Get Rid of Your Triggers, Part 1

in #life3 years ago


Emotional triggers are funny things.

A trigger is a visceral reaction to something--it could be a scene in a movie, a subject of conversation, a particular object, a memory, a person's words or tone of voice--pretty much anything that brings up an irrational and seemingly uncontrollable response in a person by reminding them of an old emotional hurt.

Triggers form in response to trauma, and their purpose is to protect you from physical, mental, or emotional harm. But often, when we outlive the situation that caused the trigger to form, the trigger stops protecting us and becomes a hindrance in our everyday lives, sometimes harming us in ways we are oblivious to.

The subject of emotional triggers and how they should be dealt with has become a hot topic in recent years. Everyone from psychologists to Twitter experts to clickbait authors are encouraging us to learn about our triggers so that we can avoid them, and to learn the triggers of those we care about in order to prevent them from feeling negative emotions. The "trigger warning" has become a holy rite for pop culture. But is avoidance really the best strategy for dealing with triggers? I don't think it is.


In my opinion (arrived at through years of painful but necessary experience), the best thing to do with triggers is to excise them from your emotions and your life.

This is not an easy proposition. It can take work. Years of it, maybe, depending on how traumatic the source of the trigger is and how attached you are to it. But excising triggers is well worth the trouble if you want to improve your relationships with yourself and others, reduce stress, and increase your overall happiness.

I'll go over ways to get rid of your triggers in Part 2 of this series. First, there are a few things you should know about what a trigger is, and isn't.


Triggers are irrational.

Because they are rooted in traumatic emotional experiences, triggers block you from thinking or behaving rationally in certain situations. In most situations, it is preferable to respond rationally to stimuli. There are a few types of situations where it is necessary (and unavoidable) that instinct takes over, but for the most part, the more we are able to think through a situation and offer a measured, logical response, the better our outcomes will be.

Triggers do not protect you.

It's important to make the distinction between an emotional trigger and a primal, fight-or-flight instinct. The primal instinct tells us to run when the house is engulfed in flames, or to get ready to fight off an intruder in our house. But when you are triggered, your fight or flight response is being activated in a situation where no fight or flight is required. It's not primal instinct that you are feeling; it's a pattern that has been programmed into your subconscious (likely when you were very young) that tells you x is dangerous, even if it's not.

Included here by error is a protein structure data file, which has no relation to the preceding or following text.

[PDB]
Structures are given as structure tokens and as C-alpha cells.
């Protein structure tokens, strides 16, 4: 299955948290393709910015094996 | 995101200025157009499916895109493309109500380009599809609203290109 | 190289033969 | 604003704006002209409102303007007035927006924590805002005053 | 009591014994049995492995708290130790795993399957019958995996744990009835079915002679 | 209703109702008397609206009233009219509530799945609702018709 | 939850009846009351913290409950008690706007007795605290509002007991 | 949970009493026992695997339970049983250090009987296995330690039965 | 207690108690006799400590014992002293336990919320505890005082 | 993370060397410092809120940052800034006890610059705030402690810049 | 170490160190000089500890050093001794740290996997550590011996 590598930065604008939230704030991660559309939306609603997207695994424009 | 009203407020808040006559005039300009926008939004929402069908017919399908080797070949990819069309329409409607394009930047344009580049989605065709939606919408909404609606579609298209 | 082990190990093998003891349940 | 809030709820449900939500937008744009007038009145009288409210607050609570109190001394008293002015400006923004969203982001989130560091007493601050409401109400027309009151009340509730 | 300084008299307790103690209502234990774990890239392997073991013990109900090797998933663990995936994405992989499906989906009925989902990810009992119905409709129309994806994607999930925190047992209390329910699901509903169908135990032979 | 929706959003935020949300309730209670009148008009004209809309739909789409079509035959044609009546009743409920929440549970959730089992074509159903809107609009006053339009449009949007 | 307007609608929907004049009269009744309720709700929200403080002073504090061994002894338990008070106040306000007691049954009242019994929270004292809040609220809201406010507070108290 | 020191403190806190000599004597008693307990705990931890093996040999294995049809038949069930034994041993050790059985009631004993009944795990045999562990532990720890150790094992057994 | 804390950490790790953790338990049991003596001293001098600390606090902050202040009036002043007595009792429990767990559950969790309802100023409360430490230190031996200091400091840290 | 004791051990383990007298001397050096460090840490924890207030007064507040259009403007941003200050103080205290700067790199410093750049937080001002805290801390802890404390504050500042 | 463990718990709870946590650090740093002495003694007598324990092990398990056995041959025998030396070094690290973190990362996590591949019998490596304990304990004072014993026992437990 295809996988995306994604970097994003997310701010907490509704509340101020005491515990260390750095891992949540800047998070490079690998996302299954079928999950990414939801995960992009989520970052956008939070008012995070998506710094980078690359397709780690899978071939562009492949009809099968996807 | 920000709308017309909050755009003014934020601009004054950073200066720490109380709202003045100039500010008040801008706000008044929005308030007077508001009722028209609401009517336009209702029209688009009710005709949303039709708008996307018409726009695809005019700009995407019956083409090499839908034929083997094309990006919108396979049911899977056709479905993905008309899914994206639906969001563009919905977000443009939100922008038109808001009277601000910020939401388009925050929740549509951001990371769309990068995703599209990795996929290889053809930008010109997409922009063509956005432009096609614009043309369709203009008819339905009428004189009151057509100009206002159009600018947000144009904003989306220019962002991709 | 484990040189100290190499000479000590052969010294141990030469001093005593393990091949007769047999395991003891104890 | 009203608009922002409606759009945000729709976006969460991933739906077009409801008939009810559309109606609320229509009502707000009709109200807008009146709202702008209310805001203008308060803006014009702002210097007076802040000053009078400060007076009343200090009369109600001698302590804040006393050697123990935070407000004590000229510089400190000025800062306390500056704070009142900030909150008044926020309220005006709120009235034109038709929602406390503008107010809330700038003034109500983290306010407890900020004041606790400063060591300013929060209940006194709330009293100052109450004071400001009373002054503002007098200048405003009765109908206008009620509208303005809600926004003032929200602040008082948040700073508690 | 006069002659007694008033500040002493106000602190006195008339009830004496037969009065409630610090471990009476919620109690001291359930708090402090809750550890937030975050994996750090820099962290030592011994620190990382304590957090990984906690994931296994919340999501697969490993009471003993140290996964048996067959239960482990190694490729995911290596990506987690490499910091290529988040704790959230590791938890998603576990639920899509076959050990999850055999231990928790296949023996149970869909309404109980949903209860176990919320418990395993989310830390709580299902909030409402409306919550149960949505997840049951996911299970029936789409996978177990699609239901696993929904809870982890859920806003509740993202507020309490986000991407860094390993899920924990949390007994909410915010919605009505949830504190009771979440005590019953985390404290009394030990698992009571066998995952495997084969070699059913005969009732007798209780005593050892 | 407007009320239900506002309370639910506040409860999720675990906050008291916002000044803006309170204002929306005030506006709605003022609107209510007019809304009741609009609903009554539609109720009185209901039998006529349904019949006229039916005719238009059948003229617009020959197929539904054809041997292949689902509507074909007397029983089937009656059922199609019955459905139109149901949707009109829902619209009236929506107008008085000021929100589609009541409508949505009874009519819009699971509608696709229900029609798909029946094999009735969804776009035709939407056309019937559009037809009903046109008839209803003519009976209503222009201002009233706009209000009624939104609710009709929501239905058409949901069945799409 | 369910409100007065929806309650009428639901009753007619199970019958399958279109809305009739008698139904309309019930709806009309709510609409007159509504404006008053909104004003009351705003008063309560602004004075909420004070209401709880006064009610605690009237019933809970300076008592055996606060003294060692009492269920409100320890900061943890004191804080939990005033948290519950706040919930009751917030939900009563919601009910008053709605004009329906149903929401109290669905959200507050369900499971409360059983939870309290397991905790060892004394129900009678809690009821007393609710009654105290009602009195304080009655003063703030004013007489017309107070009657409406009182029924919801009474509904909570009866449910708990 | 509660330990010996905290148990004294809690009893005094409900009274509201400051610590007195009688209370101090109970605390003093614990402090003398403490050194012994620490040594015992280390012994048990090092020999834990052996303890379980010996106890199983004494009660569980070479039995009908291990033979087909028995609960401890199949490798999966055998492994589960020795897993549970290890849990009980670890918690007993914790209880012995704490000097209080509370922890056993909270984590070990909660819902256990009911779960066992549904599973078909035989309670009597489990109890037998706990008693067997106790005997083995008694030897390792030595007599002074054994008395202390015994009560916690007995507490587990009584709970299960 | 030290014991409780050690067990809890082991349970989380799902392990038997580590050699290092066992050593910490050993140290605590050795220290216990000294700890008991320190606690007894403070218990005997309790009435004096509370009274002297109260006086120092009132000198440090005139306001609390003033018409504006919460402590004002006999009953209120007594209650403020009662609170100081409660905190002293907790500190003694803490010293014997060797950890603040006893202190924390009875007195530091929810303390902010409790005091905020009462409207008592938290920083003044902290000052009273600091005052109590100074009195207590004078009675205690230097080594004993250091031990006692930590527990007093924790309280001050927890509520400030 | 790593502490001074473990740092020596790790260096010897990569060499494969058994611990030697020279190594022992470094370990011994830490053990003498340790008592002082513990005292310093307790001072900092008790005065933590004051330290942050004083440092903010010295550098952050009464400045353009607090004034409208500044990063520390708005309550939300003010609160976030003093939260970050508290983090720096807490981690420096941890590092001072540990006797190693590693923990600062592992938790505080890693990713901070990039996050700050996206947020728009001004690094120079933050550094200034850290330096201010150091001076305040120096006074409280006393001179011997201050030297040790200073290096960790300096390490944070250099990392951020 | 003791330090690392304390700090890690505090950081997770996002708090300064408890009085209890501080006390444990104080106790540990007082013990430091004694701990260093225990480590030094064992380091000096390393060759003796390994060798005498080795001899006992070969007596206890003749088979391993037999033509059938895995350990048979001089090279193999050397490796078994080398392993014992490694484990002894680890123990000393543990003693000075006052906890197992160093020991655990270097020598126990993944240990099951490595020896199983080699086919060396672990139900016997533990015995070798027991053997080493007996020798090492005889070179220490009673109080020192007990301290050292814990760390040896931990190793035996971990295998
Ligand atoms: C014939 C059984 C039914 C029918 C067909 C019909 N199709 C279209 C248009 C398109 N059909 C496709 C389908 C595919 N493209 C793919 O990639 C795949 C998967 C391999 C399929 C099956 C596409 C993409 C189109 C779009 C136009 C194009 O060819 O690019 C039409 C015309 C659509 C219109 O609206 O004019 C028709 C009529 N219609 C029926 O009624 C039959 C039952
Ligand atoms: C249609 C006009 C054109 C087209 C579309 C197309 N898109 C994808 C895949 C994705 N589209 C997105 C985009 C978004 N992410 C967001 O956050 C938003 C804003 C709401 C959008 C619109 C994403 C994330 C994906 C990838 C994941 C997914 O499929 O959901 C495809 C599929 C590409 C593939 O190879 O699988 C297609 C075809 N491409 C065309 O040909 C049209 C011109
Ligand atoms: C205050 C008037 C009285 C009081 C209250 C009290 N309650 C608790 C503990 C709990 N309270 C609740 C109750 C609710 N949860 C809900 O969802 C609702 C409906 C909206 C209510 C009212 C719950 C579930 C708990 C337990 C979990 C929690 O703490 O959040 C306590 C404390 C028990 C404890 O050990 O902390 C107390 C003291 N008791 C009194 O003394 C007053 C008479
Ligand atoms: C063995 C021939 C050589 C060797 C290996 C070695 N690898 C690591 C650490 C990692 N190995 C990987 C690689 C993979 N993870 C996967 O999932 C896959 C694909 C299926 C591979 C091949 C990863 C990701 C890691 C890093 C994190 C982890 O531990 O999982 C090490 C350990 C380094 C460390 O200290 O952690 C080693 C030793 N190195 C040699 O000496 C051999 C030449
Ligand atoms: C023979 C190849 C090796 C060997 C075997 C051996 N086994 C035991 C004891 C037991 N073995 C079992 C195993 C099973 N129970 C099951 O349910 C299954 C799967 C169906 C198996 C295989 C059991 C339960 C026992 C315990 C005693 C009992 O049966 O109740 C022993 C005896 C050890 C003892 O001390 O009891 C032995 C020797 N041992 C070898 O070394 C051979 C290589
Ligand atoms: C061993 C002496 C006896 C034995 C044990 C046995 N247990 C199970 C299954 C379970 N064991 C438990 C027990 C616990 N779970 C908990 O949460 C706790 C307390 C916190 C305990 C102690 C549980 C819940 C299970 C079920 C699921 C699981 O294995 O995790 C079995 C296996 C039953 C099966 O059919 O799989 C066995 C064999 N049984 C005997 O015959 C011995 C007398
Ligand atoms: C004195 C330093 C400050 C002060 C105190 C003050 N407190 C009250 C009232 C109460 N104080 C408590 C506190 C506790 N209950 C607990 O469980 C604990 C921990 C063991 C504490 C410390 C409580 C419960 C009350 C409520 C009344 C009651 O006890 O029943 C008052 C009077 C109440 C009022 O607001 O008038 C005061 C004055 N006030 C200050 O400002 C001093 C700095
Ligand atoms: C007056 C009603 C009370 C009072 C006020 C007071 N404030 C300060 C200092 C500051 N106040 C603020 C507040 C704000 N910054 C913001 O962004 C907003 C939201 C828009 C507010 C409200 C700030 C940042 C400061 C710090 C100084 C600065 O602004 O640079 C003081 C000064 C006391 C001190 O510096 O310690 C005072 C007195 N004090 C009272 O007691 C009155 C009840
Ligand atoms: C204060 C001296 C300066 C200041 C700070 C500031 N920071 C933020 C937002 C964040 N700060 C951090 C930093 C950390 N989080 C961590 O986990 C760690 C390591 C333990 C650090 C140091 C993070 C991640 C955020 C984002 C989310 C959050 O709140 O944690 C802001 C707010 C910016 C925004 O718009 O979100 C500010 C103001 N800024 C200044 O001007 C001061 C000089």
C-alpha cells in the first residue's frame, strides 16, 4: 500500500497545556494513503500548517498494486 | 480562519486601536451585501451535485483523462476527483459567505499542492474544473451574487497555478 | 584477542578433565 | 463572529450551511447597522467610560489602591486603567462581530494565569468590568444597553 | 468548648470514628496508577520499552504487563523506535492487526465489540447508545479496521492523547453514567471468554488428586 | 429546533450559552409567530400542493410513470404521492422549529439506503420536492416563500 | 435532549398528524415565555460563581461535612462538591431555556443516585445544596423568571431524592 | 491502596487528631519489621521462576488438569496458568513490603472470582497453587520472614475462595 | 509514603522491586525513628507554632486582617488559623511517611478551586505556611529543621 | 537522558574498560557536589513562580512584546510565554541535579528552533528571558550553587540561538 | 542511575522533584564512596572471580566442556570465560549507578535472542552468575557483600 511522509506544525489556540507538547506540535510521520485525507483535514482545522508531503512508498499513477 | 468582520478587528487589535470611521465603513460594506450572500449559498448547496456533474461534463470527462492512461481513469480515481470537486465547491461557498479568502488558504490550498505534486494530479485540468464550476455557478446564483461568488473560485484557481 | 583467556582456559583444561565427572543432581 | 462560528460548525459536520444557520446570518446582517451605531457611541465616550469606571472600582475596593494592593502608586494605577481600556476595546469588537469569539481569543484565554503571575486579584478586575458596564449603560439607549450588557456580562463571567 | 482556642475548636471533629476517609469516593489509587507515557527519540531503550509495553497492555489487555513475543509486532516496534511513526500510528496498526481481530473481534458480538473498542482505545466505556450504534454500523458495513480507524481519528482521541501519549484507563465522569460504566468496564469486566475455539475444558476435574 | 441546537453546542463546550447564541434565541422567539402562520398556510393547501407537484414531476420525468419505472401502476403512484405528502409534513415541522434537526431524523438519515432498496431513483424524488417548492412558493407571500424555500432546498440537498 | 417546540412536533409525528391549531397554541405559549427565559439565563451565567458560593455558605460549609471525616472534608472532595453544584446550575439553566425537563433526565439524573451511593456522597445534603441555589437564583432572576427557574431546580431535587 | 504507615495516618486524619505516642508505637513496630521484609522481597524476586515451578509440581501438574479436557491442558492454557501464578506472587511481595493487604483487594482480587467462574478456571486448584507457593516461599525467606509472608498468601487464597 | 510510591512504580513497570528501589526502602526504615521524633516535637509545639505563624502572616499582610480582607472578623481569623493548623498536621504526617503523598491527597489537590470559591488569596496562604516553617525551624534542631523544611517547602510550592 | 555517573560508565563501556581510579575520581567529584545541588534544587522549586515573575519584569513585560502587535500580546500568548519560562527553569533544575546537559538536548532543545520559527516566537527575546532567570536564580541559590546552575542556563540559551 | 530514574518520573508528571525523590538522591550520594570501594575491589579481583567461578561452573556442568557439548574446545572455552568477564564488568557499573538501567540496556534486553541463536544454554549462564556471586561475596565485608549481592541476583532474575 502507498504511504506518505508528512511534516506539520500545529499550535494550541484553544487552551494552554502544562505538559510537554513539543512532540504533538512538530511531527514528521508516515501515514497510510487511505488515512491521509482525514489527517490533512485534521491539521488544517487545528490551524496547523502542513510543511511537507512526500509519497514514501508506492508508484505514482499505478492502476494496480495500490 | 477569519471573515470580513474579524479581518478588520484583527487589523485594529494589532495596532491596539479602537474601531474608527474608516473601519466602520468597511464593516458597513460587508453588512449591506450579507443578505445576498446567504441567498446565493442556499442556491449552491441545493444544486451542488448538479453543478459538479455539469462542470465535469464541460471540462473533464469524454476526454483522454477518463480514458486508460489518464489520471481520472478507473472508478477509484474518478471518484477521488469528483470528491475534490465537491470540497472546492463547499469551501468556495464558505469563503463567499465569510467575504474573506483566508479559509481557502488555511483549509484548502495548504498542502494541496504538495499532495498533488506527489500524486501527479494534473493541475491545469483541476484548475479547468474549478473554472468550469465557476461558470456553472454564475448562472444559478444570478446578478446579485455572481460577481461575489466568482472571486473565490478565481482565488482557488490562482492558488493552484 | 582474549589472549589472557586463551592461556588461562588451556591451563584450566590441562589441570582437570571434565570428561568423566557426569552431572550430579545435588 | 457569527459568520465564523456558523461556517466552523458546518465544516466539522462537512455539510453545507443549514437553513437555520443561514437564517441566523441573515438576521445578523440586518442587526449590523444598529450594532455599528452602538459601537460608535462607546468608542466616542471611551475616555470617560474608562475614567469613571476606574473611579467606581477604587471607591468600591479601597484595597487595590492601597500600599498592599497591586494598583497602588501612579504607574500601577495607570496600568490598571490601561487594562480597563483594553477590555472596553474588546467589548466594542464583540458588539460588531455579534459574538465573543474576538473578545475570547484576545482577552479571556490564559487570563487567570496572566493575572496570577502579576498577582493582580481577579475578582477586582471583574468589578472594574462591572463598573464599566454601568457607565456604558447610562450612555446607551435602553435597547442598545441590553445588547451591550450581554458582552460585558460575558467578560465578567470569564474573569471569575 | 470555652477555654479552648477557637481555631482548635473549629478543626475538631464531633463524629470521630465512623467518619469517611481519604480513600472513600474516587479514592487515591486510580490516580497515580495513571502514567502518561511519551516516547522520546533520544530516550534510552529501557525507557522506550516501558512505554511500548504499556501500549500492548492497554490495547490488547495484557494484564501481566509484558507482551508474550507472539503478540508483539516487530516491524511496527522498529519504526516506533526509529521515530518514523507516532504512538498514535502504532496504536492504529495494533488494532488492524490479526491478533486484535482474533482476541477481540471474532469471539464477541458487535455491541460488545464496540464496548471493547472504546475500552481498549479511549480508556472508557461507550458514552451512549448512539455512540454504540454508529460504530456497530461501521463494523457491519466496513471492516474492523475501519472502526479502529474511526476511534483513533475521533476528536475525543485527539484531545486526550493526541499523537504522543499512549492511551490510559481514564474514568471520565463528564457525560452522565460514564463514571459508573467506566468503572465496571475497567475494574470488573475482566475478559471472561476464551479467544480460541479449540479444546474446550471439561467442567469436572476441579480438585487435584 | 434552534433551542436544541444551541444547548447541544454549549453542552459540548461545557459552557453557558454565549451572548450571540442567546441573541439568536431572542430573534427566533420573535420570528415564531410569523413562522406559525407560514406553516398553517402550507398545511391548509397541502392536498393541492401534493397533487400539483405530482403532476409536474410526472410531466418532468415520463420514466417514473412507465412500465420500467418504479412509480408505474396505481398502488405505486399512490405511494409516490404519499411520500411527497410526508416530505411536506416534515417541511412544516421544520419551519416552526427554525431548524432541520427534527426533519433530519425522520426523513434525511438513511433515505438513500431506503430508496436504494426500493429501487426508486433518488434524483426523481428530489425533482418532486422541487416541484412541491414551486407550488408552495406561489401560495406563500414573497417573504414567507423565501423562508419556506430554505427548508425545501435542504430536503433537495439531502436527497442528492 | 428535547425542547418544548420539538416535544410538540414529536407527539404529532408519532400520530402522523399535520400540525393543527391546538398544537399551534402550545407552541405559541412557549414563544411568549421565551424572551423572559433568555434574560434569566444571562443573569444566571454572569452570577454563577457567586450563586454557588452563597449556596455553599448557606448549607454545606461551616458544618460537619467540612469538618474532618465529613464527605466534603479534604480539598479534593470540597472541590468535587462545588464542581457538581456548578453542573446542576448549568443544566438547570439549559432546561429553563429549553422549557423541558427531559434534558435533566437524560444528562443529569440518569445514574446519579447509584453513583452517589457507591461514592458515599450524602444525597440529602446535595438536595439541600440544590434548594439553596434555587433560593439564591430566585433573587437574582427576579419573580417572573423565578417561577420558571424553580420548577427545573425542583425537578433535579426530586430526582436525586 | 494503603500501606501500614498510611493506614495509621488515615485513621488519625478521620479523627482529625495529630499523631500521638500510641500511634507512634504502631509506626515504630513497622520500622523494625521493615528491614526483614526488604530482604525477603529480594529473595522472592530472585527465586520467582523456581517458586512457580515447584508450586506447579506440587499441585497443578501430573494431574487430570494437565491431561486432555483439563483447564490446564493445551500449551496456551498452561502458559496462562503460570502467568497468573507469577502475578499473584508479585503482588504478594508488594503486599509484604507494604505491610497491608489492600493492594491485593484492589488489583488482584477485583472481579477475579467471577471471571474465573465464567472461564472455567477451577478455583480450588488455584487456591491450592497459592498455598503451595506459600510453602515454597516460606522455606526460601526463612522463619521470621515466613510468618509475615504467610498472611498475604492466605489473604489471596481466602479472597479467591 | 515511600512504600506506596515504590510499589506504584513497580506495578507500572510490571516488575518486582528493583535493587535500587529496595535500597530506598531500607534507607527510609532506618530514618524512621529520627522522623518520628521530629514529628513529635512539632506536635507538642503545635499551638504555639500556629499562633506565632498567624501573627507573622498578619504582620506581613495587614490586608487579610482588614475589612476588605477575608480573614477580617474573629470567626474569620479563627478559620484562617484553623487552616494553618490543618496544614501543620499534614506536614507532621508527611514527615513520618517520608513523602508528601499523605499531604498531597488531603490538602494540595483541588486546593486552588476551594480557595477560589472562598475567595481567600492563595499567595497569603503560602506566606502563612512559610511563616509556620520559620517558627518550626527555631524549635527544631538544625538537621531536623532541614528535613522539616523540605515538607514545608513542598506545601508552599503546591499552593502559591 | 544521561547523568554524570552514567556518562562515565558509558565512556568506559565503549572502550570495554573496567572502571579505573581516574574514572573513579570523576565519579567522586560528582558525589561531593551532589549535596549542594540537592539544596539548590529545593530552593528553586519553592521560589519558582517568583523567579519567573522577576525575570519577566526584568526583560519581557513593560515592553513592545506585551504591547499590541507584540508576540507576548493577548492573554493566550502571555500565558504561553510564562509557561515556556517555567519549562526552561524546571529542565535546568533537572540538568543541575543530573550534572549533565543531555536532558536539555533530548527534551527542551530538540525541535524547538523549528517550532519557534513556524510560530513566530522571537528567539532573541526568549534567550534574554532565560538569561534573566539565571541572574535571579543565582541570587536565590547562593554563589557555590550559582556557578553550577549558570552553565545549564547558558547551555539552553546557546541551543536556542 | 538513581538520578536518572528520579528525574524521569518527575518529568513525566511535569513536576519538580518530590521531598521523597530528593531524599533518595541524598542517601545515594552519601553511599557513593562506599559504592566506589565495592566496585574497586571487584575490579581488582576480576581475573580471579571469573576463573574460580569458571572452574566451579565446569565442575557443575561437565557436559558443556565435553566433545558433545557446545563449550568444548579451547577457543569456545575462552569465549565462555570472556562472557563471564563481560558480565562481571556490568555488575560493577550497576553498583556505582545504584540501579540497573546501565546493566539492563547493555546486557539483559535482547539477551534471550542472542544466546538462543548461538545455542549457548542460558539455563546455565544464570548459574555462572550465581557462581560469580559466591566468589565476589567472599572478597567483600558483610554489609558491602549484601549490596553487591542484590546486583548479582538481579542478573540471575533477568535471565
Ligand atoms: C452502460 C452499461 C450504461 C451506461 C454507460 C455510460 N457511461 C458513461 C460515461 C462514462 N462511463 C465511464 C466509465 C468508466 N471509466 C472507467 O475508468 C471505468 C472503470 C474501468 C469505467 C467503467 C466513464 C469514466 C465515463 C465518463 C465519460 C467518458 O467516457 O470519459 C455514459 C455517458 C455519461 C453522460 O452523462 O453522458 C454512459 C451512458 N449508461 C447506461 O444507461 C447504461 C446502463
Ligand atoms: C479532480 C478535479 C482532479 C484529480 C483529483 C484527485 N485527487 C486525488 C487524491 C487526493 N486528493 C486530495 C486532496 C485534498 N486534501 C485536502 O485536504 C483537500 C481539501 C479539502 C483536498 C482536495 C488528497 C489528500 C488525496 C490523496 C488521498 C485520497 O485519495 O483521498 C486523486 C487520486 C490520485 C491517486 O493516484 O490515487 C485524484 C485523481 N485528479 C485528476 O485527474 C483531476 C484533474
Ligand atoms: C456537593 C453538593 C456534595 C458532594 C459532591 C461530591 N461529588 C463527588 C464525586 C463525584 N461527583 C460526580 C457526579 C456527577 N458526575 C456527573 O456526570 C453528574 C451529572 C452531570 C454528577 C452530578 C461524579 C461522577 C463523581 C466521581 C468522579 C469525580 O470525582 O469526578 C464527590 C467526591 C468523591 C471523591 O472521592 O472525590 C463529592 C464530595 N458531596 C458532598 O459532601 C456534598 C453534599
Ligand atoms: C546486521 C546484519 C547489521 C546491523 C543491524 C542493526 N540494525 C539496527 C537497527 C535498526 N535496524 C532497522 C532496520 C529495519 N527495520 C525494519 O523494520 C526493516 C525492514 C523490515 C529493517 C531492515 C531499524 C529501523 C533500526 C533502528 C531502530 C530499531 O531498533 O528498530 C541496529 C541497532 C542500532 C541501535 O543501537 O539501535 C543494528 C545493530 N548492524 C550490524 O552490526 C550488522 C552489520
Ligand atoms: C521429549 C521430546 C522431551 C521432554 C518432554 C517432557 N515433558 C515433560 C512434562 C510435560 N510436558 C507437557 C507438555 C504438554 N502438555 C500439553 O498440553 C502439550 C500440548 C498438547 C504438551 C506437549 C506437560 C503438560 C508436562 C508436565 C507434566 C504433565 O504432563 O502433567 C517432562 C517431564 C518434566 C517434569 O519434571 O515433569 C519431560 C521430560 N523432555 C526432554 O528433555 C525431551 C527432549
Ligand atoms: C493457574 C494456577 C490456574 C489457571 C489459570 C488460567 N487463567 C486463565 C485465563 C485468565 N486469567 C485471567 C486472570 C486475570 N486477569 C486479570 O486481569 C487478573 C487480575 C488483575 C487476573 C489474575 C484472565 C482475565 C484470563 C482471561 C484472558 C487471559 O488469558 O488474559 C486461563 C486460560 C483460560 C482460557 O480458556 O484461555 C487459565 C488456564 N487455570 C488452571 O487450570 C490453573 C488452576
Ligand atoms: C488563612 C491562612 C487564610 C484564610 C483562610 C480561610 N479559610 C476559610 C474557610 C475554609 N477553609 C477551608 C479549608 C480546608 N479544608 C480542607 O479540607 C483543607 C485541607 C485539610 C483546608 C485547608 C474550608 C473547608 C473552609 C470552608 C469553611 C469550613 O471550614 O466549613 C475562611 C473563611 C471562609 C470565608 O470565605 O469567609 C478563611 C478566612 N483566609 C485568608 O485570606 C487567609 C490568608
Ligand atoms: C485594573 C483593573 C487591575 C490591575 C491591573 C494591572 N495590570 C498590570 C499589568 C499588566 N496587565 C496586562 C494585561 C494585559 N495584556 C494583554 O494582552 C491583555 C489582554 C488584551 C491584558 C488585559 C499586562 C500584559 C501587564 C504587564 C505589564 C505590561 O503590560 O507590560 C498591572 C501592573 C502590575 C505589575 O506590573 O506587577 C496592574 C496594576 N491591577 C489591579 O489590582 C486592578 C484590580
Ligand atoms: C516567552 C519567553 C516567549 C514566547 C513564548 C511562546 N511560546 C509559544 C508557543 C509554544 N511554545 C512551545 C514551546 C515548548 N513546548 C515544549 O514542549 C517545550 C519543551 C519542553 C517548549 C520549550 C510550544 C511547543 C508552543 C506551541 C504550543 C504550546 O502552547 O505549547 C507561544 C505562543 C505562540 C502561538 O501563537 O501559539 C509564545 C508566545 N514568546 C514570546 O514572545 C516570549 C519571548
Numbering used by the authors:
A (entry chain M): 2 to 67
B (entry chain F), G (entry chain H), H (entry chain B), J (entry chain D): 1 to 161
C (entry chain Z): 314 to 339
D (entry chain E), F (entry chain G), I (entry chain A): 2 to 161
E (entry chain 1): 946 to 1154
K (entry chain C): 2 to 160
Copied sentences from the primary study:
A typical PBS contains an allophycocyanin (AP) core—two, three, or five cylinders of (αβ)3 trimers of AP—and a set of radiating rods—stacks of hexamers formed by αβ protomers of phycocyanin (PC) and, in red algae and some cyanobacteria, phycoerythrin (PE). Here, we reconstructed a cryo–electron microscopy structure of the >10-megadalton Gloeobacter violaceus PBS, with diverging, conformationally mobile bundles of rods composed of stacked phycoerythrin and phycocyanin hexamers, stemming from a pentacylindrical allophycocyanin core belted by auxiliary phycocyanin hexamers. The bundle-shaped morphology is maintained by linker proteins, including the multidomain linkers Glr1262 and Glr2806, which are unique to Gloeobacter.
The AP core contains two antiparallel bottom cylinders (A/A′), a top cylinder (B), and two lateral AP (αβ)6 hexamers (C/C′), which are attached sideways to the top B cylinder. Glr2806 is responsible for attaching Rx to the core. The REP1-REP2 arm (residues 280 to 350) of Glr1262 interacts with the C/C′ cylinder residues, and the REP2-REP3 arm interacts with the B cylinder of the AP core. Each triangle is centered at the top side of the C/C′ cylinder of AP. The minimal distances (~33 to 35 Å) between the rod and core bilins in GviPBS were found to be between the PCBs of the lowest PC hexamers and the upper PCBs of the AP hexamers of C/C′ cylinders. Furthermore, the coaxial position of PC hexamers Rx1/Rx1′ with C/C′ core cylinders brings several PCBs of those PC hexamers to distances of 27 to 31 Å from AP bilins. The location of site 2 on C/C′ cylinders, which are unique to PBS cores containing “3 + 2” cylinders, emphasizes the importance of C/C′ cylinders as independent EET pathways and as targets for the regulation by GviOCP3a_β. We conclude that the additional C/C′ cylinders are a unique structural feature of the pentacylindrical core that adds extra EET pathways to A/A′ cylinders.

Let's say that Lucy grew up with an abusive mother who took sadistic pleasure in beating Lucy with her wooden cutting board. Now that Lucy is grown up, whenever she sees a wooden cutting board she freezes in fear. Her heart pounds in her throat; she breaks into a cold sweat; and tears rise as her mind relives the many torture sessions she endured at the hands of her mother and the cutting board. Clearly, this trigger formed in response to a very real danger. When Lucy was young, if she saw her mother grab the wooden cutting board, her instincts kicked in to help her flee and hide from her mother. But now that she is an adult and no longer subject to her mother's violent rages, cutting boards pose no danger to her. Rather than avoiding cutting boards, it would be better for Lucy to work on eliminating this trigger so that she does not have to relive her childhood trauma every time she sees an innocent cutting board.

Triggers are not part of your identity.

Your memories and experiences will always be a part of you. If some of them have resulted in the formation of an emotional trigger that is no longer serving you, doing the work to remove that trigger will not make your memories or experiences go away. It will not change the components of your past that have made you who you are today. Doing this work will only change how you experience life now and in the future. It will make interpersonal communication easier and less confusing. It will lower your stress levels and anxiety. It will make it easier to connect with others in a positive way. It will increase your confidence and self-love.


Triggers are made to be pulled.

Think about it. It's in the name. Just like a trigger on a firearm, these emotional phenomena are pressure sensitive for a reason, and when they are squeezed, an explosion occurs. But unlike a trigger on a gun, emotional triggers are "squeezed" or go off in response to non-threatening stimuli, and are generally not under the control of the operator (you). Don't spend your life shooting at shadows, or shooting yourself in the foot. Save your emotional ammunition for when it's actually called for, and remain in control of your responses as much as possible.

Check back tomorrow for Part 2 of this series, with some techniques for actually excising those triggers!


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This is an important message - especially now that college students are demanding teachers avoid subjects that might "pull their triggers."

I'd last about 4 hours as a college professor. I'd probably tell the kids, "Great. I'm gonna keep pulling your trigger until you run out of ammo."